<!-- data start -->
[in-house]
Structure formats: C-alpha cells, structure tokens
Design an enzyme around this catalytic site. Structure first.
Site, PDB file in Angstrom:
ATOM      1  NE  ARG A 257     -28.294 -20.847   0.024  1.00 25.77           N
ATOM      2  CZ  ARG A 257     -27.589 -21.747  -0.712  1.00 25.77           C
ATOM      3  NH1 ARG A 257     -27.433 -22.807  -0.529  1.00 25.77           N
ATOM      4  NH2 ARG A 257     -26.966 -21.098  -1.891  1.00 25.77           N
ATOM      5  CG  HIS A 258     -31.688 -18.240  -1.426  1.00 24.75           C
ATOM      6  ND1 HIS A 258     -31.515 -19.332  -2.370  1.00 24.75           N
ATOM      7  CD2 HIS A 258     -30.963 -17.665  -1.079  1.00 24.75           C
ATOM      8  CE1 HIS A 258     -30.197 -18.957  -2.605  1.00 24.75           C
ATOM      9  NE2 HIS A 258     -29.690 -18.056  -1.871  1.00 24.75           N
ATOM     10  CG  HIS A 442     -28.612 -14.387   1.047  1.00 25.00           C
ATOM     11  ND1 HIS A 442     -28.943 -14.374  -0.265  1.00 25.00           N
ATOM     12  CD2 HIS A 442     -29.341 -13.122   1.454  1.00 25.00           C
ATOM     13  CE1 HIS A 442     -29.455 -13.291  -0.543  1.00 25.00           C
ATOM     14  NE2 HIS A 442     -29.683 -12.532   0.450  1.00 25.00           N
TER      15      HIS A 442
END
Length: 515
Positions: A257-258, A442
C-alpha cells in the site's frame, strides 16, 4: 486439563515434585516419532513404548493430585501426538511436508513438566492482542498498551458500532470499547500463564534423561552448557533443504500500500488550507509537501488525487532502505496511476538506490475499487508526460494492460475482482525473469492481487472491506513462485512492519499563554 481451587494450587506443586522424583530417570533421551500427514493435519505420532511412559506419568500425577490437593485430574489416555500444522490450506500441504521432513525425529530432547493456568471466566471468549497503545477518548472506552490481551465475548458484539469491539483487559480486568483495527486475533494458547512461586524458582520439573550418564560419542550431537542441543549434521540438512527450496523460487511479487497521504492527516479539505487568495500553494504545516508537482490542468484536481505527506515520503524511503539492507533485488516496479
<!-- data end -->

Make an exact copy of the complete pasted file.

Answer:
[in-house]
Structure formats: C-alpha cells, structure tokens
Design an enzyme around this catalytic site. Structure first.
Site, PDB file in Angstrom:
ATOM      1  NE  ARG A 257     -28.294 -20.847   0.024  1.00 25.77           N
ATOM      2  CZ  ARG A 257     -27.589 -21.747  -0.712  1.00 25.77           C
ATOM      3  NH1 ARG A 257     -27.433 -22.807  -0.529  1.00 25.77           N
ATOM      4  NH2 ARG A 257     -26.966 -21.098  -1.891  1.00 25.77           N
ATOM      5  CG  HIS A 258     -31.688 -18.240  -1.426  1.00 24.75           C
ATOM      6  ND1 HIS A 258     -31.515 -19.332  -2.370  1.00 24.75           N
ATOM      7  CD2 HIS A 258     -30.963 -17.665  -1.079  1.00 24.75           C
ATOM      8  CE1 HIS A 258     -30.197 -18.957  -2.605  1.00 24.75           C
ATOM      9  NE2 HIS A 258     -29.690 -18.056  -1.871  1.00 24.75           N
ATOM     10  CG  HIS A 442     -28.612 -14.387   1.047  1.00 25.00           C
ATOM     11  ND1 HIS A 442     -28.943 -14.374  -0.265  1.00 25.00           N
ATOM     12  CD2 HIS A 442     -29.341 -13.122   1.454  1.00 25.00           C
ATOM     13  CE1 HIS A 442     -29.455 -13.291  -0.543  1.00 25.00           C
ATOM     14  NE2 HIS A 442     -29.683 -12.532   0.450  1.00 25.00           N
TER      15      HIS A 442
END
Length: 515
Positions: A257-258, A442
C-alpha cells in the site's frame, strides 16, 4: 486439563515434585516419532513404548493430585501426538511436508513438566492482542498498551458500532470499547500463564534423561552448557533443504500500500488550507509537501488525487532502505496511476538506490475499487508526460494492460475482482525473469492481487472491506513462485512492519499563554 481451587494450587506443586522424583530417570533421551500427514493435519505420532511412559506419568500425577490437593485430574489416555500444522490450506500441504521432513525425529530432547493456568471466566471468549497503545477518548472506552490481551465475548458484539469491539483487559480486568483495527486475533494458547512461586524458582520439573550418564560419542550431537542441543549434521540438512527450496523460487511479487497521504492527516479539505487568495500553494504545516508537482490542468484536481505527506515520503524511503539492507533485488516496479